“The Midnight Library” by Matt Haig

The Midnight Library

Genre: Literary/Women’s Fiction
Publisher: Penguin Random House
Pub. Date: Feb. 11, 2021

For someone who loves to read in the wee hours of the morning, how could I not want to read a book with the title, “The Midnight Library?” The novel did not disappoint. It reminded me of the film, “It’s a Wonderful Life.” The book is marketed as literary/women’s fiction.  This reviewer did not think it was either. It is more of a fantasy and feel-good read. The fact that this is a heartwarming tale is interesting because the novel begins with a young woman who has just overdosed on purpose. She wakes up to find herself not in heaven or hell but an immensely large magical library.  Did I mention that she is an avid reader and spent most of her childhood in a library?  Yes, there is a connection. It turns out that this library is the place people go when they find themselves dangling between life and death and not entirely sure about which way to go. I get that a religious person would take issue with this concept. However, if you believe in quantum physics and that we live in multiple universes at the same time you will be thrilled to know that there are other believers out there.  There is even mention of Schrödinger’s cat. It is okay if you never heard of the cat it will be explained to you.

In this magical library, our protagonist meets a kindly librarian who shows her her very own “book of regrets.” We all have them. Now here comes the fantasy. She jumps into each life where she could make a different choice than she did before and that would lead her to a happier existence. In one life, she is a rock star, in another, she is an Olympic Swimmer. In yet another, she is a happily married wife and mother. Still, she doesn’t care to live any of these better lives because it becomes clear that she doesn’t know what she wants. At first reading her alternate lives were fun. Who hasn’t wished they could jump into another life? But, after a while, it becomes tedious to read one after another. I would have been happier with fewer lives. Still, the author manages to keep the story fun because when entering a new life she knows nothing of this life. But, everyone knows her.  She must look for herself online, read her social media accounts, to know who she exactly is in this particular life, which creates humorous dialogue as we observe her winging it.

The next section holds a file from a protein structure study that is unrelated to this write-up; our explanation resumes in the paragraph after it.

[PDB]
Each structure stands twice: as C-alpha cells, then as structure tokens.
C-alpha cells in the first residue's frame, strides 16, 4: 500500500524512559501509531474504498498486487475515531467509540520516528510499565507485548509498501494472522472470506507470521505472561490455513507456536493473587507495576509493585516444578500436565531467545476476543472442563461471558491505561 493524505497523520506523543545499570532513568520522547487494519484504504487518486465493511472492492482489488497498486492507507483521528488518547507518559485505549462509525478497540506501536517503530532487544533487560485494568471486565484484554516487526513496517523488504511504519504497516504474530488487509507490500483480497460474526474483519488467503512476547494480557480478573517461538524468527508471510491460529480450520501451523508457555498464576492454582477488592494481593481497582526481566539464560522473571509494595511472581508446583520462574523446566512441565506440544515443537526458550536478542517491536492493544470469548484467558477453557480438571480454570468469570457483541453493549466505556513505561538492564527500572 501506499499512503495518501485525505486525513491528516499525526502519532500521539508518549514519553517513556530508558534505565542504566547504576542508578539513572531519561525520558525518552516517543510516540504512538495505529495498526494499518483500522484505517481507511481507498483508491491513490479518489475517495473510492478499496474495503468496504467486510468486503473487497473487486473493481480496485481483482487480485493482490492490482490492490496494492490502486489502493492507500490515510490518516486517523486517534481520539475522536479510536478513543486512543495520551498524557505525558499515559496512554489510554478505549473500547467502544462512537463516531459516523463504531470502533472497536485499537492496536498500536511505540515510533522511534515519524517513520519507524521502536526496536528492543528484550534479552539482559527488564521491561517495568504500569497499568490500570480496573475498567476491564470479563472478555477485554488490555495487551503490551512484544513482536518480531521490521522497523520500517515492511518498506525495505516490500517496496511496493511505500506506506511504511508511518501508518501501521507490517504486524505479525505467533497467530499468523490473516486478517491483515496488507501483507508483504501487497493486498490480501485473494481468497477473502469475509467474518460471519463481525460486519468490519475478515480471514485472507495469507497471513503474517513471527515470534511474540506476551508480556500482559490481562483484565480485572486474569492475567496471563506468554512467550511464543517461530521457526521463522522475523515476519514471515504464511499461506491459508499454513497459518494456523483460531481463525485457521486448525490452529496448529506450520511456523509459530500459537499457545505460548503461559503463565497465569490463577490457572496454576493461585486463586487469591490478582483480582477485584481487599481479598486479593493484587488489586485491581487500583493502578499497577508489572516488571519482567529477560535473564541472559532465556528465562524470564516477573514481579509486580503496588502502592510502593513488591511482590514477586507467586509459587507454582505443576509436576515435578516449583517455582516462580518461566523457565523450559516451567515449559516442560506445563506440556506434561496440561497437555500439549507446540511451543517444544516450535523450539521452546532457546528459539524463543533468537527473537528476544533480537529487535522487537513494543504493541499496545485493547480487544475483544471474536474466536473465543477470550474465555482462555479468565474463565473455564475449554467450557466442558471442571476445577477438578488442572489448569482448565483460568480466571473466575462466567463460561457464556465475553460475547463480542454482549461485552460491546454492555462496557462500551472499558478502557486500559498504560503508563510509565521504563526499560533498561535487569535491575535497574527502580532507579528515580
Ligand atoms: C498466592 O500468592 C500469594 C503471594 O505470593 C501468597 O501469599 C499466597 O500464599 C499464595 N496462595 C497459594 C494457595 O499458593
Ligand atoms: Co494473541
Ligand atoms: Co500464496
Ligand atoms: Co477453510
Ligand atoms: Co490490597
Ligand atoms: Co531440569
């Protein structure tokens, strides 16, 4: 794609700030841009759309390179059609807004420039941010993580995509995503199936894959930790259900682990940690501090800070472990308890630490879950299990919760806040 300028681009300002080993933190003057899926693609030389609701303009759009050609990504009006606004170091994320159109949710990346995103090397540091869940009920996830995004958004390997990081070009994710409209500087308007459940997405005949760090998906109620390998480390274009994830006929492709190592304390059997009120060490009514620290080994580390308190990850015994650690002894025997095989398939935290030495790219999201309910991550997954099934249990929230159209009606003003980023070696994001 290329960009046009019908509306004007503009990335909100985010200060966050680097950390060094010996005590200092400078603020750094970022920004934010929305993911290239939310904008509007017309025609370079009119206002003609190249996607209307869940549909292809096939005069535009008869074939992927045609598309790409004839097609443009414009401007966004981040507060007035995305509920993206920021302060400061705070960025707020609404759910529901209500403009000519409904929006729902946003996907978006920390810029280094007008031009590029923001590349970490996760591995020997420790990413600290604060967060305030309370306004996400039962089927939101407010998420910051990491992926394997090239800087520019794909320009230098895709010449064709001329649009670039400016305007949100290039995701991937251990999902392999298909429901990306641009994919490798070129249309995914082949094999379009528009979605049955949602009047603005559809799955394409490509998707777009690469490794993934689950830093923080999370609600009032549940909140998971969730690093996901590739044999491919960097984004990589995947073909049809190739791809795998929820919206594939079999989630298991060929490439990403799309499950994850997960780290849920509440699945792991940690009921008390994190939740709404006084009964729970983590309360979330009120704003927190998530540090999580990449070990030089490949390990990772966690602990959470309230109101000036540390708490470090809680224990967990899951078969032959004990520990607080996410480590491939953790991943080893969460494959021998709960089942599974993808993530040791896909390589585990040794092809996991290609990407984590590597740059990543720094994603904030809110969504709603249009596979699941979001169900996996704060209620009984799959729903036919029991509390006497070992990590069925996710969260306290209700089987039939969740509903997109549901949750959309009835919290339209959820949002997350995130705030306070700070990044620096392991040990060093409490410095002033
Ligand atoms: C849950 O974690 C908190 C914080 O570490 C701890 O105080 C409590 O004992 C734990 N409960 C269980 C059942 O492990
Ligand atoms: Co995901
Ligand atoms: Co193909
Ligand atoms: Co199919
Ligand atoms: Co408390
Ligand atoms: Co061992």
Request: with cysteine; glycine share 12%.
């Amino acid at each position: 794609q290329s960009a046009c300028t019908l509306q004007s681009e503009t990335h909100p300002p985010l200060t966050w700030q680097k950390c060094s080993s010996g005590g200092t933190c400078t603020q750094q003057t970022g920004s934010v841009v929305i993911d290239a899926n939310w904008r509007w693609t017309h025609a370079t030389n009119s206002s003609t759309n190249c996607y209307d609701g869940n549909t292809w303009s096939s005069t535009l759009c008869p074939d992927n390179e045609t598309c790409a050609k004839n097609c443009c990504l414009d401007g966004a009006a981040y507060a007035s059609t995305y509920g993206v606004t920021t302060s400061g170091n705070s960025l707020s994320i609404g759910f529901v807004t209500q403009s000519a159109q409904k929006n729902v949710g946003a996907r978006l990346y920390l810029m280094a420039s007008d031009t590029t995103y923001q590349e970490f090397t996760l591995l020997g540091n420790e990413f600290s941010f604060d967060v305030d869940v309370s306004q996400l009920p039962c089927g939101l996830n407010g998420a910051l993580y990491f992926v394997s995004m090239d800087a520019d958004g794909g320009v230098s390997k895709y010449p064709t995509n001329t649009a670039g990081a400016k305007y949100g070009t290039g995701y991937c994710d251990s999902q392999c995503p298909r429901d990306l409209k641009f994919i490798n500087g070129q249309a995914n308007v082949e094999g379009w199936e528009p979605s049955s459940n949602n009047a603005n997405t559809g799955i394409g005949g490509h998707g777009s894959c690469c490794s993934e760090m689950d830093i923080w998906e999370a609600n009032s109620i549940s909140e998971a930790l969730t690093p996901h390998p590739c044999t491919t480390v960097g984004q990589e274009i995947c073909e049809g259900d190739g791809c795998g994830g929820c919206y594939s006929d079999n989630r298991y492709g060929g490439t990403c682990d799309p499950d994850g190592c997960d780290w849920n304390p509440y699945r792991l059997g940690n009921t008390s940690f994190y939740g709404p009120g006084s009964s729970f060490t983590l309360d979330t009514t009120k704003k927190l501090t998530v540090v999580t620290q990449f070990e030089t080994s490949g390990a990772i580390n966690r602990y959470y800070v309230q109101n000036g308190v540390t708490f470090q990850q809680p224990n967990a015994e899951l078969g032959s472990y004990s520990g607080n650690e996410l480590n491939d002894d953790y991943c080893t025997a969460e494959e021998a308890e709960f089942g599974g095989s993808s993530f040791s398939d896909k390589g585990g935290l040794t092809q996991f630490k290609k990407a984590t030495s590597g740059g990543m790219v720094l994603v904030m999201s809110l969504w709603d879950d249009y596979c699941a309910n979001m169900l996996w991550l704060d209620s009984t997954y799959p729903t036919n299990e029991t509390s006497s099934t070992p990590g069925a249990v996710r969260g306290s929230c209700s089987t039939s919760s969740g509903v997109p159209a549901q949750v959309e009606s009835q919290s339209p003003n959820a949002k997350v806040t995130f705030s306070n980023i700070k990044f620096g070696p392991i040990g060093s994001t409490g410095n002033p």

The author seems to be saying that the universe is full of infinite possibilities, but the story here remains tightly focused on the life of a single woman and all her might-have-been lives. Once you finish the book, or probably before, the moral of the story becomes obvious.  “Oh, Auntie Em – there’s no place like home!” My only real issue in this tale was thinking about people who lost someone to suicide.  How painful it could be reading this fantasy and wishing that their loved one could have also time-traveled to come back to life. Overall, it is clear that Haig pushes her readers to ponder his or her own book of regrets, and make us wonder what we can do to keep from making the same mistakes again. He gets his point across very well.

I received this Advance Review Copy (ARC) novel from the publisher at no cost in exchange for an honest review

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“Four Dogs and Their Tales” by Marcella Bursey Brooks

Genre: Fantasy
Publisher: Matchstick LiteraryFour Dogs and Their Tales
Pub. Date: Dec. 13, 2012

Mini-Review